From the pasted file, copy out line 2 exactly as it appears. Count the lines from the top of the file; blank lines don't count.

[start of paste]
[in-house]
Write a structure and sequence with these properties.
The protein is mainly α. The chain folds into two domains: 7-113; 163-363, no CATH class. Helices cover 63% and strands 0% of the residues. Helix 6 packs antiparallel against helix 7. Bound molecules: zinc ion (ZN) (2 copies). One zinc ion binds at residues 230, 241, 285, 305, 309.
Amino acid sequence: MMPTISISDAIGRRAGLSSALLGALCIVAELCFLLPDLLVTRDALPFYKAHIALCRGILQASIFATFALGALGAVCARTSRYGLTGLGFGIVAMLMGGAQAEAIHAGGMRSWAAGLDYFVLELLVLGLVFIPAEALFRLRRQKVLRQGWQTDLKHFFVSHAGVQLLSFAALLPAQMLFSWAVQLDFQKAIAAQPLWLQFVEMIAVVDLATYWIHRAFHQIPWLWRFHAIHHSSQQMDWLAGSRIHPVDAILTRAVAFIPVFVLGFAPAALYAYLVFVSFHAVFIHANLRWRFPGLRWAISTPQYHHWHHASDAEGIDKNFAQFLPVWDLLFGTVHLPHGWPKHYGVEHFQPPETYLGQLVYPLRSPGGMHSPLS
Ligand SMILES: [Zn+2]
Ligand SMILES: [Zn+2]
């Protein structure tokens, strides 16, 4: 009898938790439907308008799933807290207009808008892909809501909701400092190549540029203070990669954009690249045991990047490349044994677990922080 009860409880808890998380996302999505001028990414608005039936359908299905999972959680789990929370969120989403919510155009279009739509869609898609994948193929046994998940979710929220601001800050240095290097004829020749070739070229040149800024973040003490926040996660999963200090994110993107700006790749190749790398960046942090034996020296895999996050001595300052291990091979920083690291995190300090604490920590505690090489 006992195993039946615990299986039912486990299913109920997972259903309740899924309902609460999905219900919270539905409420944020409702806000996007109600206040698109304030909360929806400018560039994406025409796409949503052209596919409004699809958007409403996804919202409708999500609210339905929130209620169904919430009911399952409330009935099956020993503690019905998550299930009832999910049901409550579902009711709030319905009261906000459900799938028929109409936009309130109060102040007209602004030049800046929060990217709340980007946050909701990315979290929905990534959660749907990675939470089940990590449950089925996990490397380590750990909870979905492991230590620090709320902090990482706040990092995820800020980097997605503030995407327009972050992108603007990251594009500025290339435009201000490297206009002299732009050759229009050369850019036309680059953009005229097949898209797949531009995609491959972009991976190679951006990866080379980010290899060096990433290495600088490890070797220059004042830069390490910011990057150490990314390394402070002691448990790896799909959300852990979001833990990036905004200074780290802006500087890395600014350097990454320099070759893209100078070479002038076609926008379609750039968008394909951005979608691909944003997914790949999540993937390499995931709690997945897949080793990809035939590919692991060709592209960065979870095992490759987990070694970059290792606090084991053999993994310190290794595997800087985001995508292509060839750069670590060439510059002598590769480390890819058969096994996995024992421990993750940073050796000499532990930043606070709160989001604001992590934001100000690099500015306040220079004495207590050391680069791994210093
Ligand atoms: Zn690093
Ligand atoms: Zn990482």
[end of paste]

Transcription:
Write a structure and sequence with these properties.